Scheme, the consumer is paying around £300 per ton for carbon
removal, yet co-generation removes carbon at something like £50
a ton. Now, as a consumer, I think I would buy into sustainability,
but I am not sure I would buy into supporting toys or a particular
lobby group. So I think that is the issue at stake.
187. Could you both tell me how much you invest
in R & D and give it a sort of measure as a percentage of
turnover or whatever? What profits
(Mr Farthing) Can I describe the answer
in two parts? One, in the financial that you directly asked for,
I would like to give some other examples of what we do, which
I believe is very material but is not, as it were, entirely deduced
to simply to describe as a budget. The science and technology
business for Powergen, Power Technology, has a £20 million
income. That, as it were, gives you the sort of size of the business.
I have looked at this very closely, if you could define how much
of that is absolutely pure R & D, it is actually only about
£3 million. Most of the rest of it is applying the know how
that we have and marketing it internally within Powergen and actually
we market about 50% of our income around the UK and around the
world. So that kind of scales it in terms of budget size. But
what you also find is that we contribute in lots of ways. We contribute
on an ad hoc basis when we are asked by Government, of course,
but we contribute to work that the DTI does. There are four documents
here. These are just examples. I would be happy to leave these
with the Clerk at the end. It actually says DTI at the bottom
of the document, but believe me, my team produced everything that
you see here and we are proud to say that.
188. Did they pay you for it?
(Mr Farthing) We were. We were indeed.
Not everything that we do for the Government we actually receive
any payment for. Sometimes we believe it is nevertheless in our
interests to do that. So we contribute to workshops and so on
without any payment. In that particular case we received payment.
I mention that as well as the budget because I think we are leveraging
our knowledge. I think we are focusing on what we believe are
the important things. We are leveraging it in a businesslike way.
Also I work with colleagues elsewhere in Powergen and they may
say "Where should I best spend these scarce resources?"
and myself and my team will advise on that. It could be a decision
between more or less marine tidal wave research and development
versus more wind or hydro or fuel sales or whatever. So we are
very proactive with the people that we have. We have actually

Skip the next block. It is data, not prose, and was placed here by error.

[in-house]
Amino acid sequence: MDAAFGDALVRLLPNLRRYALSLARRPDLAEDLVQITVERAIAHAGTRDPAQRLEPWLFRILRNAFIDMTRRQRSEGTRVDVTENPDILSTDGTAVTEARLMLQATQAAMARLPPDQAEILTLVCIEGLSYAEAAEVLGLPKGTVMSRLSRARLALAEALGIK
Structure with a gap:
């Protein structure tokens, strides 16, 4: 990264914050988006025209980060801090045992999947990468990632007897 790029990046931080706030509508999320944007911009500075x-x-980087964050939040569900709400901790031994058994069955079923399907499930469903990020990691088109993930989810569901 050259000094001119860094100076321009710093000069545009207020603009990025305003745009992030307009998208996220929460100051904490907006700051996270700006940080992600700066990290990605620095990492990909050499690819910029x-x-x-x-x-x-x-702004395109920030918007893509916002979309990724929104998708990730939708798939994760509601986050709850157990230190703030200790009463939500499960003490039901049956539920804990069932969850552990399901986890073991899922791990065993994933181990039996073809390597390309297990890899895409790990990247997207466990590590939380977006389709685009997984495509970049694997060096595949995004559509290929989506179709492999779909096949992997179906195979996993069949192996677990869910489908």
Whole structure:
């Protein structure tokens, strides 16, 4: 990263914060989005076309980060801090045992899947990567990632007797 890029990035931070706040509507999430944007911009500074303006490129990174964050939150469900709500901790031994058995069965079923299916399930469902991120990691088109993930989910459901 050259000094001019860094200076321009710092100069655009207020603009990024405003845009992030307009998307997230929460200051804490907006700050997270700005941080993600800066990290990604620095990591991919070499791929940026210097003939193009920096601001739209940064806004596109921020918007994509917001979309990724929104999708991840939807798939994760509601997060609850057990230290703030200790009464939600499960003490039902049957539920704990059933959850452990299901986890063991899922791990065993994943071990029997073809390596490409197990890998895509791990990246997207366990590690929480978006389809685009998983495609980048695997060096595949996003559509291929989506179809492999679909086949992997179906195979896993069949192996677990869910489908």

have a member of our team who has just joined a DTI mission to
the US, one member of a 10 man team. Again, we believe that is
the right thing to do. It is a kind of corporate citizenship,
as it were.
(Mr Count) Ours is around £40 million, which
is between one and 2% of turnover.
189. Could I ask you both what ratio of carbon
to non-carbon R & D you are investing in? I know it is a difficult
(Mr Farthing) It is actually very difficult
to pin it down absolutely precisely. If you say absolutely non-carbon
it is something round the 20% mark of the totals that I gave you,
because actually our belief is that a fully non-carbon future
is clearly an excellent goal, but to get there you need to take
stepping stones. And we are as much looking at stepping stone
technologies as we are the actual final item. An example of that
would be home combined heat and power, using perhaps Stirling
engines or that type of technology. It is not actually your pure
fuel cell, but it is certainly a stepping stone along the way
to a fuel cell. It is certainly very carbon friendly. We are doing
work in developing that as a commercial proposition. I suspect
that probably Brian's team
(Mr Count) I think most of the research could be judged
that it is certainly adding to environmental improvements because
one of the big risks out there is an environmental risk and that
risk manifests itself as additional cost burden, particularly
on the coal technologies. Therefore our major expenditure is on
improving performance of power plant but our biggest tranche is
in the Regenesys Storage Scheme, where we are building a utility
scale version here and in the United States. That is storing electricity.
Does it come from non-carbon production in the first place? It
should take more efficient production and displace less efficient
production. So I would say definitely it is about carbon reduction.
But ultimately, is it carbon free? Probably not, but that is not
the issue. It is carbon reducing.
190. How has privatisation and liberalisation
of the energy markets affected your investment in R & D? Has
it gone down because the competition has increased as a result
(Mr Count) I think it has certainly gone
down from the CEGB and early National Power days in my case, but
ultimately I think there has been more focus. What is indeed the
issue for us and the structure of the market is what should the
electricity consumer pay for and what should the taxpayer pay
for and what should industry at large, the plant supply industries,
invest in development? Previously I think it was very muddled.
If you looked at the CEGB, we developed many ranges of steam technology
and very few, almost nothing of that, is now world competitive.
What has happened in this decade is that people have bought gas
turbines, the one technology that has had little stimulus from
sort of regulated bodies because the suppliers themselves have
done it and now it is a globally consistent technology. So therefore